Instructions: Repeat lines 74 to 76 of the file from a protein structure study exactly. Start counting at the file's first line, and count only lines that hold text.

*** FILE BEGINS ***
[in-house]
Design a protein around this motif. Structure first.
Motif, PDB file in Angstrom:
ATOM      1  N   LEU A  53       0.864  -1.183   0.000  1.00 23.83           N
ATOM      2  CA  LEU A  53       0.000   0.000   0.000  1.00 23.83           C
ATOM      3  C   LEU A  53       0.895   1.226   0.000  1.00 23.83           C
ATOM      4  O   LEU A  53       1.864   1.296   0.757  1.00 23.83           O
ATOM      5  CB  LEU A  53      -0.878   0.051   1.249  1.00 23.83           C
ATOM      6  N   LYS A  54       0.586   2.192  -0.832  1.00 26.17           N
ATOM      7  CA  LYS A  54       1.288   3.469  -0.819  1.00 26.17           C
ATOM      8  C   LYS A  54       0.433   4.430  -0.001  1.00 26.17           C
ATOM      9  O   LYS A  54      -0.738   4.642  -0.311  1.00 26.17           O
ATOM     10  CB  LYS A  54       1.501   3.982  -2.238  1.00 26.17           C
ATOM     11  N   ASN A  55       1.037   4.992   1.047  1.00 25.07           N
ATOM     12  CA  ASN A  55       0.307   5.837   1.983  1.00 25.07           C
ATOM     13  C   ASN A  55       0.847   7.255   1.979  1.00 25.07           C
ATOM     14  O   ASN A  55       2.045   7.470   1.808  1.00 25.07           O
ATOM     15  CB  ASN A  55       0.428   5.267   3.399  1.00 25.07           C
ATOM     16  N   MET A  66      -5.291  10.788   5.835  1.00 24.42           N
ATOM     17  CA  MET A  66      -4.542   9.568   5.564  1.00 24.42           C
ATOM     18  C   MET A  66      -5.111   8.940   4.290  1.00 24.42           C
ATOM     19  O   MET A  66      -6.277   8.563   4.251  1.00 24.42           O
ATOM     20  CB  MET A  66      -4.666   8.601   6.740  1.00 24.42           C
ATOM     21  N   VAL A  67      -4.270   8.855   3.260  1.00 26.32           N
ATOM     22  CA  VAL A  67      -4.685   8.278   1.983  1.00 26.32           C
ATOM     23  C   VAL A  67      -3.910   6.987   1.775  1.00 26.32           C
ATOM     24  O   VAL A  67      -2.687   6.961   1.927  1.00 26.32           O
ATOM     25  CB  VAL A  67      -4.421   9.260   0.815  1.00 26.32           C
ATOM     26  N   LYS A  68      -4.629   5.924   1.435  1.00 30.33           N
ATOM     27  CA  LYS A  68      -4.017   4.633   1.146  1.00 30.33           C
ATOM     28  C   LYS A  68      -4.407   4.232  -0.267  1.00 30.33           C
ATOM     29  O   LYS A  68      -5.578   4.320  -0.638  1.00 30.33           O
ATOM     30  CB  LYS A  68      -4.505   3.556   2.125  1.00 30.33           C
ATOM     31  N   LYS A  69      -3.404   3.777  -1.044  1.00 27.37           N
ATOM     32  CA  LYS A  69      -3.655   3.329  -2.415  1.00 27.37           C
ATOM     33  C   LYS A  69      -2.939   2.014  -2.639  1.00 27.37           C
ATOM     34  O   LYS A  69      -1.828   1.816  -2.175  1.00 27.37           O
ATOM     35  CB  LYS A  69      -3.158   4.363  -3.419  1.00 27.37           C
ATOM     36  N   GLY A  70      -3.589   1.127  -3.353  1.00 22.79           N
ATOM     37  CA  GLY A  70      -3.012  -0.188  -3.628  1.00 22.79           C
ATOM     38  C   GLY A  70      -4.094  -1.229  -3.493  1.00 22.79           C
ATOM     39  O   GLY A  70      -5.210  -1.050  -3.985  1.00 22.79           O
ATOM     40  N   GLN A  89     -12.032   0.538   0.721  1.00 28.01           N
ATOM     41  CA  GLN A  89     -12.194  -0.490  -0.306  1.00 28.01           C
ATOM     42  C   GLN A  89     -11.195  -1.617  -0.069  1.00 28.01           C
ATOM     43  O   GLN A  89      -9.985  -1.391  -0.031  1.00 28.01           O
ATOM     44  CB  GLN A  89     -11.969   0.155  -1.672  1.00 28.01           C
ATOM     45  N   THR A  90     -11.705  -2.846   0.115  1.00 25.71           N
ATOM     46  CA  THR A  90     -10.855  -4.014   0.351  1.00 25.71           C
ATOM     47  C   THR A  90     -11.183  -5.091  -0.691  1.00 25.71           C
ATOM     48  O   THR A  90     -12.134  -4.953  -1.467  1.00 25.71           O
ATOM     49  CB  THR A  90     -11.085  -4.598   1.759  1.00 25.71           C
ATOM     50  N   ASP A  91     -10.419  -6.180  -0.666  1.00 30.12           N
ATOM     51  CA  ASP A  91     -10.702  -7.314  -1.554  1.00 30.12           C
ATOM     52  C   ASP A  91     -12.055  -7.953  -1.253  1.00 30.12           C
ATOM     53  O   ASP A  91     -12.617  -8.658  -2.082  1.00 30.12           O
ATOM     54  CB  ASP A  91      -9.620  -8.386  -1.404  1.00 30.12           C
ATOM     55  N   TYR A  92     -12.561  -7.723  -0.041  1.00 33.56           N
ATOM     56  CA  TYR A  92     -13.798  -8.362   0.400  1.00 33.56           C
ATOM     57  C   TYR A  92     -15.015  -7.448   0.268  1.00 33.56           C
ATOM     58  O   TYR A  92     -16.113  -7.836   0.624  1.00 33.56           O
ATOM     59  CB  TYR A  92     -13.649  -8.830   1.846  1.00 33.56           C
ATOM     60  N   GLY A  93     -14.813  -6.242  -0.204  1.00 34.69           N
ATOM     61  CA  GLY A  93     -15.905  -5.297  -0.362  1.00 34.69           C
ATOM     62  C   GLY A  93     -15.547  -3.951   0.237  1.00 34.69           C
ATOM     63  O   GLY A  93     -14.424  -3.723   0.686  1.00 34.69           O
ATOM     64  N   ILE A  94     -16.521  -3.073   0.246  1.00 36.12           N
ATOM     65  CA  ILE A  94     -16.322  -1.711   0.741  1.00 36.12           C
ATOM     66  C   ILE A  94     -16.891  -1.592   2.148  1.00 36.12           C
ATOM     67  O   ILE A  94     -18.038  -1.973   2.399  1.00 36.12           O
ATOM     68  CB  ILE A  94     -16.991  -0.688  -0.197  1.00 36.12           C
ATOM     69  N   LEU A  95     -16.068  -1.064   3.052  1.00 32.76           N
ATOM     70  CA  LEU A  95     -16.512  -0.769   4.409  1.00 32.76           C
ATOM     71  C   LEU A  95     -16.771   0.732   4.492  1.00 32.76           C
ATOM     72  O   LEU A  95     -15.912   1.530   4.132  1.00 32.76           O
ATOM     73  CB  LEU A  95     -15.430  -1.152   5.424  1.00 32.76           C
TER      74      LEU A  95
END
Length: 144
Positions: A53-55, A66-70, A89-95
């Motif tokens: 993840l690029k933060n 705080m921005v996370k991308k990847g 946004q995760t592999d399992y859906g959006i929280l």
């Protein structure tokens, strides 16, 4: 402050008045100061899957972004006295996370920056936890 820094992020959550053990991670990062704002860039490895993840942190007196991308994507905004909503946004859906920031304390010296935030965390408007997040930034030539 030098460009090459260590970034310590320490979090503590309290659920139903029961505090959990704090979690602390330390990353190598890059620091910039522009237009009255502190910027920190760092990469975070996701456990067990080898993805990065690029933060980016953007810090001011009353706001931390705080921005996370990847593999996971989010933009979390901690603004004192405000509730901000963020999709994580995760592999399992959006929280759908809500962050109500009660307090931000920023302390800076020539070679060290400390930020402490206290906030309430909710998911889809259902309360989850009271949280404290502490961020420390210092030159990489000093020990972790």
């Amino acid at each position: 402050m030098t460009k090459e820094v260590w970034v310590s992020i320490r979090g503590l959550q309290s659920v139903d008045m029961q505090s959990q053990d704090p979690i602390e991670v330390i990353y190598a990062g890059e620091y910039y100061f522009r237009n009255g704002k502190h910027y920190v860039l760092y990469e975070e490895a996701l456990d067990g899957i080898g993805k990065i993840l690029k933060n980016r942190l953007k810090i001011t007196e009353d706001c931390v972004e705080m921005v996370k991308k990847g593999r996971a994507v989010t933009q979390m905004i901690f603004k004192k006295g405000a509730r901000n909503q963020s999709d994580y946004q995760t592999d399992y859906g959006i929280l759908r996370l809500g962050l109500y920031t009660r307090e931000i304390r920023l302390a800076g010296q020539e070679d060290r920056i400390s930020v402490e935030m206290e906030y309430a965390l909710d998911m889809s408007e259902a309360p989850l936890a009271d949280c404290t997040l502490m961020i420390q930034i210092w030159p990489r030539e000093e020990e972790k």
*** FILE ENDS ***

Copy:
ATOM     71  C   LEU A  95     -16.771   0.732   4.492  1.00 32.76           C
ATOM     72  O   LEU A  95     -15.912   1.530   4.132  1.00 32.76           O
ATOM     73  CB  LEU A  95     -15.430  -1.152   5.424  1.00 32.76           C